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Parkway foundation celebrates new viewing platform atop Mount Pisgah

The Blue Ridge Parkway Foundation will host a ribbon cutting at 10 a.m., Friday, April 26, to celebrate the reconstruction of the popular Mount Pisgah viewing platform followed by a guided hike to the site.

“As the warm weather brings more hikers back to Mount Pisgah, we are thrilled to officially celebrate the completion of this platform with spectacular views,” Blue Ridge Parkway Foundation CEO Carolyn Ward said.

The ribbon-cutting will take place in the parking area for the Mount Pisgah Trail at milepost 408 on the Blue Ridge Parkway

Following the ceremony, a ranger will lead a hike to the summit. The Mount Pisgah trailhead on the Parkway and gives hikers access to neighboring Pisgah National Forest. The 3.2-mile out-and-back trail is a moderate to strenuous route with switchbacks and an elevation gain of 700 feet. The French Broad River Valley, Looking Glass Rock, Cold Mountain and Frying Pan fire tower are visible from the platform.

The wooden structure was originally built in 1979 by the United States Youth Conservation Corps. After more than three decades of use, the platform’s frequent need for repairs prompted the reconstruction.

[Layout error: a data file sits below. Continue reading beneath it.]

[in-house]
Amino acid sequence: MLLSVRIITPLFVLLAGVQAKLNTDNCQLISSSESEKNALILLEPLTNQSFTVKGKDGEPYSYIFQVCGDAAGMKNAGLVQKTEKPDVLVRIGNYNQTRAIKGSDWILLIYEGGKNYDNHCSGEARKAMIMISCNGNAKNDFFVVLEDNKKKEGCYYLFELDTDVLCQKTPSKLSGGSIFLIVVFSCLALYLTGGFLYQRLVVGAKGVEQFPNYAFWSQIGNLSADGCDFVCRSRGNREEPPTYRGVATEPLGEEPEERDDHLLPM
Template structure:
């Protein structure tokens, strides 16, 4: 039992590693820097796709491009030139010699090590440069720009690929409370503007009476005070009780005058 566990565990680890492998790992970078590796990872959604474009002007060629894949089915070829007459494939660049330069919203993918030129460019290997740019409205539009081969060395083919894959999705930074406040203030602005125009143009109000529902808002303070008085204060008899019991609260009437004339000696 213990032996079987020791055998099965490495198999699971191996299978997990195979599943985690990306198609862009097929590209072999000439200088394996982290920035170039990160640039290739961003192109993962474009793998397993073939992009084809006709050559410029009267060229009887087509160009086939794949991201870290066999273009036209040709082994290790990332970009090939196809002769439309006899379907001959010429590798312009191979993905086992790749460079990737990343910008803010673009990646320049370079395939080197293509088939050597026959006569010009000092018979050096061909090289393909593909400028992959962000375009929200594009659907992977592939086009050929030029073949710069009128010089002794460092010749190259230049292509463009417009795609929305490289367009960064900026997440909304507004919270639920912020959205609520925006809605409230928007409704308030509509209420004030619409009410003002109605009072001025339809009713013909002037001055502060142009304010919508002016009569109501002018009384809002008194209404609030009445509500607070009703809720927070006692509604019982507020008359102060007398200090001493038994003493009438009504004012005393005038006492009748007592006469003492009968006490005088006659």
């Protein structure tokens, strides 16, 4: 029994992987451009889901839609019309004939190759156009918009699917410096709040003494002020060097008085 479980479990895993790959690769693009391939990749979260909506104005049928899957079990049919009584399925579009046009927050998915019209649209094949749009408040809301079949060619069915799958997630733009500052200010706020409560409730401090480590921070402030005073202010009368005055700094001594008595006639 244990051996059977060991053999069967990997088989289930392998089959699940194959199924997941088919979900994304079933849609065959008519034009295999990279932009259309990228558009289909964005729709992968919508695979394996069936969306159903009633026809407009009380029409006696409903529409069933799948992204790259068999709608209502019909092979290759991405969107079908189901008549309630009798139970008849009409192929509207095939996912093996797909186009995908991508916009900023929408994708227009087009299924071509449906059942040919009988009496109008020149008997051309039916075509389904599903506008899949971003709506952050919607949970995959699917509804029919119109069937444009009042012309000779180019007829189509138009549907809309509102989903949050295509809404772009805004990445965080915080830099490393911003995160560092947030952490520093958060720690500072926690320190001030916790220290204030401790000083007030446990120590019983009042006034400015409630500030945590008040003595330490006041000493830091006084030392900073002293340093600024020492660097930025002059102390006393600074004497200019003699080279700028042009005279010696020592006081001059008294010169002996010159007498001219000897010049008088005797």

Through donor support for the Trails & Views Forever program, the Foundation funded materials and contractors for the project. Carolina Mountain Club provided a team of volunteers to reconstruct the platform. The project involved the use of a funicular owned by Sinclair Broadcast Group to transport materials up the 5,721-foot peak. Vegetation around the platform was trimmed to reveal unobstructed views. 

“The Carolina Mountain Club had this project on our wish list for several years,” said Tom Weaver, leader of the volunteer organization. “Our thanks to the Blue Ridge Parkway Foundation for funding this needed renovation and to the Pisgah Ranger District for the support. We had enthusiastic participation from several of our crews to accomplish this project.”

The initiative was inspired by the memory of Lisa Hambrick Hagebak and championed by her family to recognize her love of the North Carolina mountains and Parkway.

The Foundation also recently funded the fabrication and installation of an interpretive sign at Buck Spring Gap Overlook parking area where the trailhead is located. The wayside panel features the history of Buck Spring Lodge, George W. Vanderbilt’s former Adirondack-style retreat which was located nearby.